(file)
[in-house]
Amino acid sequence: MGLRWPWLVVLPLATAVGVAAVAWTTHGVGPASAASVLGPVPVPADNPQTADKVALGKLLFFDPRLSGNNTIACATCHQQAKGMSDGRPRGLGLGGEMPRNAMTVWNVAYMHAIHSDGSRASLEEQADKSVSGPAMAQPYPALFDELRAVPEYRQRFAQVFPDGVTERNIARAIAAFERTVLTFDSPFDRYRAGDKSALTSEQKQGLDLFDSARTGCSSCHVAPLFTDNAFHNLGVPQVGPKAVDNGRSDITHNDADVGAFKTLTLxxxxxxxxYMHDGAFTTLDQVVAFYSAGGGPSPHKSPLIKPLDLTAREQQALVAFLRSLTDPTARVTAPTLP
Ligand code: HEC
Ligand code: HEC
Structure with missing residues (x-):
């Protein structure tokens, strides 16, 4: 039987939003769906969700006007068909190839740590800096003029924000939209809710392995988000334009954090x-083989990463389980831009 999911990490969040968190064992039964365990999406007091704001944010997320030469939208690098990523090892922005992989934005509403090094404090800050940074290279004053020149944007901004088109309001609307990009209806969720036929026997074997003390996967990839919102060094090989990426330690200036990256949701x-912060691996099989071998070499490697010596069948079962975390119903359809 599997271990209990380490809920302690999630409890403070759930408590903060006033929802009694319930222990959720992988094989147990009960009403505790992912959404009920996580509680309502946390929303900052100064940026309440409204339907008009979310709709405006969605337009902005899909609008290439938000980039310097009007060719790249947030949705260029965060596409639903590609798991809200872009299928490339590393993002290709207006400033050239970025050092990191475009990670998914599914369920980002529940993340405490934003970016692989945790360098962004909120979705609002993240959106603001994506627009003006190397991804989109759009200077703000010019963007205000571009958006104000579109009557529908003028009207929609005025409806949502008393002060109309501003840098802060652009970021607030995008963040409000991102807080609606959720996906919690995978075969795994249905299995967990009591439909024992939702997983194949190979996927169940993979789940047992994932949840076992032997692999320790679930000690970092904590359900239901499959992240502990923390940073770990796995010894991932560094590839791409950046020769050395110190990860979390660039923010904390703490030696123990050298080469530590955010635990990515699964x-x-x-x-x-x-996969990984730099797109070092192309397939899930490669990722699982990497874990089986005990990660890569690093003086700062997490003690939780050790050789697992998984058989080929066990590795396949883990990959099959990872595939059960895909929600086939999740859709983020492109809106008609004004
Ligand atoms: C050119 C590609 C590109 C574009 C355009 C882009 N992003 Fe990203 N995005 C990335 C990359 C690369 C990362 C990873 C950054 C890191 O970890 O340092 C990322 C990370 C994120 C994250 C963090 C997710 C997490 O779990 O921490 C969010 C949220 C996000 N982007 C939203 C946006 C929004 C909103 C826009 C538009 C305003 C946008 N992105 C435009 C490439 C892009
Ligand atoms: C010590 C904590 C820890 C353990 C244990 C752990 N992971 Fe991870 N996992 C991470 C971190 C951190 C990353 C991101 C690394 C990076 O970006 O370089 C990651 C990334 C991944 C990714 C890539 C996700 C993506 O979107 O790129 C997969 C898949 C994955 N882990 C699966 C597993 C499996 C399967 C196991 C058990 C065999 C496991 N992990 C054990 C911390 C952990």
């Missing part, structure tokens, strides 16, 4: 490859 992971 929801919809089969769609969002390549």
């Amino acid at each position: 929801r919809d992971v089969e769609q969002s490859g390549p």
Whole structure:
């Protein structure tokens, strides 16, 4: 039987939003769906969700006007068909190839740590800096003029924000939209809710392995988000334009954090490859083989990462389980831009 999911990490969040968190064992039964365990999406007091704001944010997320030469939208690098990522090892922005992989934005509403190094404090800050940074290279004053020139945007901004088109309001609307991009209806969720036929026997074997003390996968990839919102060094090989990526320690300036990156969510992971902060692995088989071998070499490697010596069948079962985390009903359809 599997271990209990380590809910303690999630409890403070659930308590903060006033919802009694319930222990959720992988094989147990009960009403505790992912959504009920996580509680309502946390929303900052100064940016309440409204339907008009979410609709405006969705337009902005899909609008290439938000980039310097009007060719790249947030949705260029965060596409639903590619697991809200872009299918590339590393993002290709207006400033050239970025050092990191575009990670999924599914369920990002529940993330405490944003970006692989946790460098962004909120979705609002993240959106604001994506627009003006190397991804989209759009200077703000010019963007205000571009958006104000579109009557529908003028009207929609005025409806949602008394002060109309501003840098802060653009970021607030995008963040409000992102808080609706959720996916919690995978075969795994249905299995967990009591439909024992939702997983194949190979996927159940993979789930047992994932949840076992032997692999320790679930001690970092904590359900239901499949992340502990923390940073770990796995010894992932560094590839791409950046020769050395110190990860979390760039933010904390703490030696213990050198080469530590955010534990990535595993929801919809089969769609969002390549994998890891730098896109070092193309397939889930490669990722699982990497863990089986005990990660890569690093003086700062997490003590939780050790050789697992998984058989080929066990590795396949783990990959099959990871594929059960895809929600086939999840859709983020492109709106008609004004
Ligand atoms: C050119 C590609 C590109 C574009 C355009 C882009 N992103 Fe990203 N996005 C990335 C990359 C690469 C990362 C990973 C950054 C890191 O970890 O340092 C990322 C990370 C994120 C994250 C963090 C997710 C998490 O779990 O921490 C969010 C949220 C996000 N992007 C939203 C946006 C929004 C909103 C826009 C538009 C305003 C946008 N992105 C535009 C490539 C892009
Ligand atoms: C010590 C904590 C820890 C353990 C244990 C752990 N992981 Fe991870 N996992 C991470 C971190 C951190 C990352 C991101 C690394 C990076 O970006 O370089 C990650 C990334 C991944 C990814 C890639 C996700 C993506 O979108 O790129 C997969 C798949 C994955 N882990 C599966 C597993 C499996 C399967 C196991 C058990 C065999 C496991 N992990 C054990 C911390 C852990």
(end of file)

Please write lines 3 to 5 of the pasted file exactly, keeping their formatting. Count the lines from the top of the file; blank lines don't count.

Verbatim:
Ligand code: HEC
Ligand code: HEC
Structure with missing residues (x-):